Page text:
1973 / Best Actor / Best Director

Film #580: Last Tango in Paris (1973)

As we move on in our latest exploration of world cinema films to be nominated for Best Director we come across a bit of a curio in Last Tango in Paris. This is a film set in France, directed by an Italian and starring one of the biggest American actors in the world in the form of Marlon Brando. I was thinking about whether to include this in this leg of the blog, primarily as Brando speaks as much English as he does French in the film, but ultimately the Parisian setting and general look of the film felt like it fit amongst the works of Truffaut and Fellini.

Bernardo Bertolucci’s film stars Brando as Paul; an American ex-pat and hotelier whose wife has recently committed suicide causing him to sink into somewhat of a depression. As the film goes on we also learn that Paul’s wife was having an affair just before she died leading to him having even more conflicted feelings about her death. Playing opposite Brando in Last Tango is nineteen-year old Maria Schneider who plays recently engaged Parisian girl Jeanne. Jeanne and Paul meet when both look at the same small apartment with the latter eventually snapping up the property which the pair then use to house their secret sexual trysts. However Paul puts down a rule early on that they’re not to talk about their names or their pasts which frustrates Jeanne who wants to communicate with her new lover. Away from Paul, Jeanne also participates in several scenes in which she is being filmed by her amateur director fiancée Thomas who looks to be creating an experimental picture of some kind. The final third of the film sees Paul abandon Jeanne before returning and revealing his background to his young lover. The titular last tango then takes place as the pair squabble in a dance studio before the film’s final shocking scenes occur which I for one didn’t see coming.

Last Tango in Paris was a film I knew little about going in other than the comments that Brando had made about it in the excellent documentary Listen to me Marlon. After doing a bit of research around the movie I realised that a lot of controversy had been raised over the way Schneider had been treated by Bertolucci especially during one of the film’s more shocking sexual scenes. Whilst I could go into detail about my thoughts on the matter instead I’m just going to talk about the film as a piece of cinema and whether or not it should have garnered a Best Picture nod to go alongside its Best Director nomination. In my opinion a lot of Last Tango felt quite meandering and the scenes between Paul and Jeanne in the apartment were some of my least favourite. Whilst artistically they worked, I felt they offered little in terms of story progression and I believe the film was better when they were separated. I very much enjoyed the scenes in which Paul was confronted by his wife’s former lover and this scene was enhanced by a great visual moment when it was revealed that she’d bought them the same dressing gown. Similarly compelling was Jeanne’s storyline involving her relationship with Thomas and her discussion about her childhood for her future husband’s film. However it’s the scenes at the tango competition that are where the film really flies as Paul and Jeanne attempt to communicate whilst various couples dance by them resulting in a great set piece. However this didn’t take away from the fact that this is a rather uneven piece of work possibly as Bertolucci based most of the films around his own sexual fantasy of having a relationship with a stranger with neither of them knowing the other’s name.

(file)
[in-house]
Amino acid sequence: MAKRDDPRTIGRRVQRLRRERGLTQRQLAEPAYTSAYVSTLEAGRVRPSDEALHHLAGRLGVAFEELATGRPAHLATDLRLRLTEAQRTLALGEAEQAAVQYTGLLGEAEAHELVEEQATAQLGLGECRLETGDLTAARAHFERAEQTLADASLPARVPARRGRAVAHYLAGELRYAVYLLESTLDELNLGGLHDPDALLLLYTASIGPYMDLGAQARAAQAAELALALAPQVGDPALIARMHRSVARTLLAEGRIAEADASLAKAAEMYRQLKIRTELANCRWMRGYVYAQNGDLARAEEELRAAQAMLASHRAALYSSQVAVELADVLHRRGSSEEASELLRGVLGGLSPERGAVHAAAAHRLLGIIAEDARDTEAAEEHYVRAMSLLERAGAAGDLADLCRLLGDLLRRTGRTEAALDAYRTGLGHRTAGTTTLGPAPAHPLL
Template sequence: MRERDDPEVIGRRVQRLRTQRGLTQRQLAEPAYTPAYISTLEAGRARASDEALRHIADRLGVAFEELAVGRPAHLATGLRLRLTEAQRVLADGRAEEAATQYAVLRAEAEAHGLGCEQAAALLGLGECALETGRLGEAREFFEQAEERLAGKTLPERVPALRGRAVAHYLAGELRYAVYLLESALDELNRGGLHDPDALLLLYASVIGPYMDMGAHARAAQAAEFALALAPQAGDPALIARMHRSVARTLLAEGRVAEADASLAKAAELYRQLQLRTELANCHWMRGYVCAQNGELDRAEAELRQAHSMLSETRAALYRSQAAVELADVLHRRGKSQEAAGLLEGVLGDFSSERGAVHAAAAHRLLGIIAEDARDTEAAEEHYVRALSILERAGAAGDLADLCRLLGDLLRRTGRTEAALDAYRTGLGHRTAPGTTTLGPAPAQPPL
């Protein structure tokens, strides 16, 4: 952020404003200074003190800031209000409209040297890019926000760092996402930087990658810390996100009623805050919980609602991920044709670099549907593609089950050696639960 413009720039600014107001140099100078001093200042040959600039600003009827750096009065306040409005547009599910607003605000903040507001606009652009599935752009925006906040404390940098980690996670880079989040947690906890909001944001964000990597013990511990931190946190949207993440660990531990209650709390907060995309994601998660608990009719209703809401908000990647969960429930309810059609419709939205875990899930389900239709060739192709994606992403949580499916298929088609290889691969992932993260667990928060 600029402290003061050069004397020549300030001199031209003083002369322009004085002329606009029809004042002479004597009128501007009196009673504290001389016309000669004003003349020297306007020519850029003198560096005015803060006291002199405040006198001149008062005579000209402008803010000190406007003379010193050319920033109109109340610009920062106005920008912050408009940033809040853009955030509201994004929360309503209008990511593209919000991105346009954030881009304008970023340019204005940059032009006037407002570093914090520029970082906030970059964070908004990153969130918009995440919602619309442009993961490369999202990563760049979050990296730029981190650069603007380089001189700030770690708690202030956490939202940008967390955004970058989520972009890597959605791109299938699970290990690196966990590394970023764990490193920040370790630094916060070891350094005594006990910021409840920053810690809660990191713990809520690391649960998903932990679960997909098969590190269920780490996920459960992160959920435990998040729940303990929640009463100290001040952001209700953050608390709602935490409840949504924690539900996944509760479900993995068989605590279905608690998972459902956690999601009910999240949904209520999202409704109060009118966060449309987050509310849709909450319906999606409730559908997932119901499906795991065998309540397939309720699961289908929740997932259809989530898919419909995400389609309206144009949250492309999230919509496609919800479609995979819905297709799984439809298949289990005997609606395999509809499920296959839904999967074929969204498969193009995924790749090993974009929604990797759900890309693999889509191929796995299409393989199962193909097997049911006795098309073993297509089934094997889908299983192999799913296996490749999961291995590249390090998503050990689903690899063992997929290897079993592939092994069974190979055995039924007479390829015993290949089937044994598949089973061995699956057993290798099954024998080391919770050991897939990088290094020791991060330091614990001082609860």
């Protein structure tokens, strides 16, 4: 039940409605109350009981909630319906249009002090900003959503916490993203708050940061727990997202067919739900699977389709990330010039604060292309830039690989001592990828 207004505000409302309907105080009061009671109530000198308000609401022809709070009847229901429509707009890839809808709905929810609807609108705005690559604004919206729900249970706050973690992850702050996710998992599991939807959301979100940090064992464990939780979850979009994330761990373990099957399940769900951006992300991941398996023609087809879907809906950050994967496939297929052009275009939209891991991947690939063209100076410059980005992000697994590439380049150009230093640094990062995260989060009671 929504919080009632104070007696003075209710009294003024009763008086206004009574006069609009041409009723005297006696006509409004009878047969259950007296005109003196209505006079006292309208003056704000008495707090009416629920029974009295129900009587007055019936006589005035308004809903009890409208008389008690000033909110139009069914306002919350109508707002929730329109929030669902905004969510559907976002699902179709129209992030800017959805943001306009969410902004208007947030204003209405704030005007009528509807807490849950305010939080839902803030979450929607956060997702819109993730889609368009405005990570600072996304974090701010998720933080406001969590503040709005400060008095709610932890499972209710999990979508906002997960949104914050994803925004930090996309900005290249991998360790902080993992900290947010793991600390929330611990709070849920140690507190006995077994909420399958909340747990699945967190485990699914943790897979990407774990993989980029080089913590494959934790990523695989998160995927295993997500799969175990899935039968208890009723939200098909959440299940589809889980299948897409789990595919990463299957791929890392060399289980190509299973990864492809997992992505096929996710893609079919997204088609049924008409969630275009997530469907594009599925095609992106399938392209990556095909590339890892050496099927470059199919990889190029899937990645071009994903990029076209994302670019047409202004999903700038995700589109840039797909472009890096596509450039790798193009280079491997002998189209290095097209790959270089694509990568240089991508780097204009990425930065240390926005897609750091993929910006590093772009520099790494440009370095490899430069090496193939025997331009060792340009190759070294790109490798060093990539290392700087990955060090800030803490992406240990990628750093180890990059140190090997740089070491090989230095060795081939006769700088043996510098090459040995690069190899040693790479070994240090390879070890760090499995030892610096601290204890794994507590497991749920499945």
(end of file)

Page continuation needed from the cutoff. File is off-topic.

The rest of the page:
I know I keep writing this but I can see exactly why Last Tango didn’t receive a Best Picture nomination as it’s another film that’s artistically directed by Bertolucci but doesn’t have anything in the way of a compelling story that would hook the academy. That being said the film Last Tango would most likely replace would’ve been the forgettable romantic comedy A Touch of Class which itself didn’t really feel like an Oscar film. I feel the main issue may have been that a European film, in the form of Cries and Whispers, was already nominated for Best Picture so maybe Last Tango split the votes. Whilst Bertolucci would go onto get his Oscar for a more academy-friendly film in The Last Emperor, Last Tango would mark the last time Marlon Brando would receive a Best Actor nomination. Whilst I found his almost-silent portrayal of Paul was a good departure from Vito Corleone I felt that Schneider gave the more-rounded performance and deserved a least a nomination for Best Actress. Overall, although I did enjoy some elements of Last Tango in Paris, especially the two lead performances, I ultimately found it slow and meandering which I suppose it what happens when you try to make a film about your dreams and fantasies.

Next up is the continuation of our world cinema exploration of best director films as I once again head into the 1960s for a film that I know very little about at all, so please join me to see what I make of it.


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